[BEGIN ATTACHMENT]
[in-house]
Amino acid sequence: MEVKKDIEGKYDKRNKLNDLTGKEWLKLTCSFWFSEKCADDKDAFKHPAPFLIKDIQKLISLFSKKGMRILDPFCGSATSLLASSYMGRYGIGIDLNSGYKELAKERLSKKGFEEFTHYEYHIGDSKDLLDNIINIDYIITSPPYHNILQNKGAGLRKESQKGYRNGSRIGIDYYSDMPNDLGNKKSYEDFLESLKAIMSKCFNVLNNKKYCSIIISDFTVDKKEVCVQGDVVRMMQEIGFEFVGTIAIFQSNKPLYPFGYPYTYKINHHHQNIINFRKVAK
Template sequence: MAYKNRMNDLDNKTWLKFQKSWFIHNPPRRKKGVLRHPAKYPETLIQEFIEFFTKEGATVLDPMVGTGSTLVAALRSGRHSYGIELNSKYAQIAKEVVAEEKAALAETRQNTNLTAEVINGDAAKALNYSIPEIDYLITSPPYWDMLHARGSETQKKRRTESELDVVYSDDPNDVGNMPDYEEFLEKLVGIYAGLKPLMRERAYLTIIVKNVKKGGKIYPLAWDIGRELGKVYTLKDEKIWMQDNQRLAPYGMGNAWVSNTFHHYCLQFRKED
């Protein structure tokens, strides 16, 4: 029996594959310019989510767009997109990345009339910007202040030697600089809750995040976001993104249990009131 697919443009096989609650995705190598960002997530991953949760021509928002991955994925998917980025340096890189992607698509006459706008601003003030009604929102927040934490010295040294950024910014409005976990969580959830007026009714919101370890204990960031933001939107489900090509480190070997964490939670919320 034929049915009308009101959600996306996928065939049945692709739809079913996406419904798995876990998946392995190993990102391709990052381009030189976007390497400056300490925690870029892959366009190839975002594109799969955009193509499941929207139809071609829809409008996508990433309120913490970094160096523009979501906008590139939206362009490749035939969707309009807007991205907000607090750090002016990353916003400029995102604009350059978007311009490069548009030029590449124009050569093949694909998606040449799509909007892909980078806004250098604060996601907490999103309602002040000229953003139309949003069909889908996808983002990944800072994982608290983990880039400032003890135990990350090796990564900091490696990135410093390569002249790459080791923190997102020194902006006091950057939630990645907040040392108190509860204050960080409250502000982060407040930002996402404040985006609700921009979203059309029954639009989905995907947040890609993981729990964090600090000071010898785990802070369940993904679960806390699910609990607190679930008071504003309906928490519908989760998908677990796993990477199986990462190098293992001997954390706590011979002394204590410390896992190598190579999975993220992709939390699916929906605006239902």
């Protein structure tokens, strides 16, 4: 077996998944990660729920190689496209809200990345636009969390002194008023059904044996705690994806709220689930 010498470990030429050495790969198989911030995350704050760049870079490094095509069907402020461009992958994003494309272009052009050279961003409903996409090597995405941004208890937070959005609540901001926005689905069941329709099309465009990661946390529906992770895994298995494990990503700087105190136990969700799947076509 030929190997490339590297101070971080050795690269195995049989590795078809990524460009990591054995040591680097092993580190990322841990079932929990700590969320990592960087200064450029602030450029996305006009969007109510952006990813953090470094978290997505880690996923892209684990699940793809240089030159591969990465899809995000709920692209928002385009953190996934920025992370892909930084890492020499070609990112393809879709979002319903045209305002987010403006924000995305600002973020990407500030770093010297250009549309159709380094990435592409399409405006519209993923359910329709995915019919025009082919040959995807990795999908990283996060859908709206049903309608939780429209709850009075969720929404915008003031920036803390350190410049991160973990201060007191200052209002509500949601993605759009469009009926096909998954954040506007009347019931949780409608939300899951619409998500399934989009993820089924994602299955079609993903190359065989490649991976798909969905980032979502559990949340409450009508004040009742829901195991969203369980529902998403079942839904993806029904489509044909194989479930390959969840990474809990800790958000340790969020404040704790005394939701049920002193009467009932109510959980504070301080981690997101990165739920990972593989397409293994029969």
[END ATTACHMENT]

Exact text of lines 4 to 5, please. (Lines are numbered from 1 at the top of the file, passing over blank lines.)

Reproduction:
């Protein structure tokens, strides 16, 4: 029996594959310019989510767009997109990345009339910007202040030697600089809750995040976001993104249990009131 697919443009096989609650995705190598960002997530991953949760021509928002991955994925998917980025340096890189992607698509006459706008601003003030009604929102927040934490010295040294950024910014409005976990969580959830007026009714919101370890204990960031933001939107489900090509480190070997964490939670919320 034929049915009308009101959600996306996928065939049945692709739809079913996406419904798995876990998946392995190993990102391709990052381009030189976007390497400056300490925690870029892959366009190839975002594109799969955009193509499941929207139809071609829809409008996508990433309120913490970094160096523009979501906008590139939206362009490749035939969707309009807007991205907000607090750090002016990353916003400029995102604009350059978007311009490069548009030029590449124009050569093949694909998606040449799509909007892909980078806004250098604060996601907490999103309602002040000229953003139309949003069909889908996808983002990944800072994982608290983990880039400032003890135990990350090796990564900091490696990135410093390569002249790459080791923190997102020194902006006091950057939630990645907040040392108190509860204050960080409250502000982060407040930002996402404040985006609700921009979203059309029954639009989905995907947040890609993981729990964090600090000071010898785990802070369940993904679960806390699910609990607190679930008071504003309906928490519908989760998908677990796993990477199986990462190098293992001997954390706590011979002394204590410390896992190598190579999975993220992709939390699916929906605006239902």
């Protein structure tokens, strides 16, 4: 077996998944990660729920190689496209809200990345636009969390002194008023059904044996705690994806709220689930 010498470990030429050495790969198989911030995350704050760049870079490094095509069907402020461009992958994003494309272009052009050279961003409903996409090597995405941004208890937070959005609540901001926005689905069941329709099309465009990661946390529906992770895994298995494990990503700087105190136990969700799947076509 030929190997490339590297101070971080050795690269195995049989590795078809990524460009990591054995040591680097092993580190990322841990079932929990700590969320990592960087200064450029602030450029996305006009969007109510952006990813953090470094978290997505880690996923892209684990699940793809240089030159591969990465899809995000709920692209928002385009953190996934920025992370892909930084890492020499070609990112393809879709979002319903045209305002987010403006924000995305600002973020990407500030770093010297250009549309159709380094990435592409399409405006519209993923359910329709995915019919025009082919040959995807990795999908990283996060859908709206049903309608939780429209709850009075969720929404915008003031920036803390350190410049991160973990201060007191200052209002509500949601993605759009469009009926096909998954954040506007009347019931949780409608939300899951619409998500399934989009993820089924994602299955079609993903190359065989490649991976798909969905980032979502559990949340409450009508004040009742829901195991969203369980529902998403079942839904993806029904489509044909194989479930390959969840990474809990800790958000340790969020404040704790005394939701049920002193009467009932109510959980504070301080981690997101990165739920990972593989397409293994029969």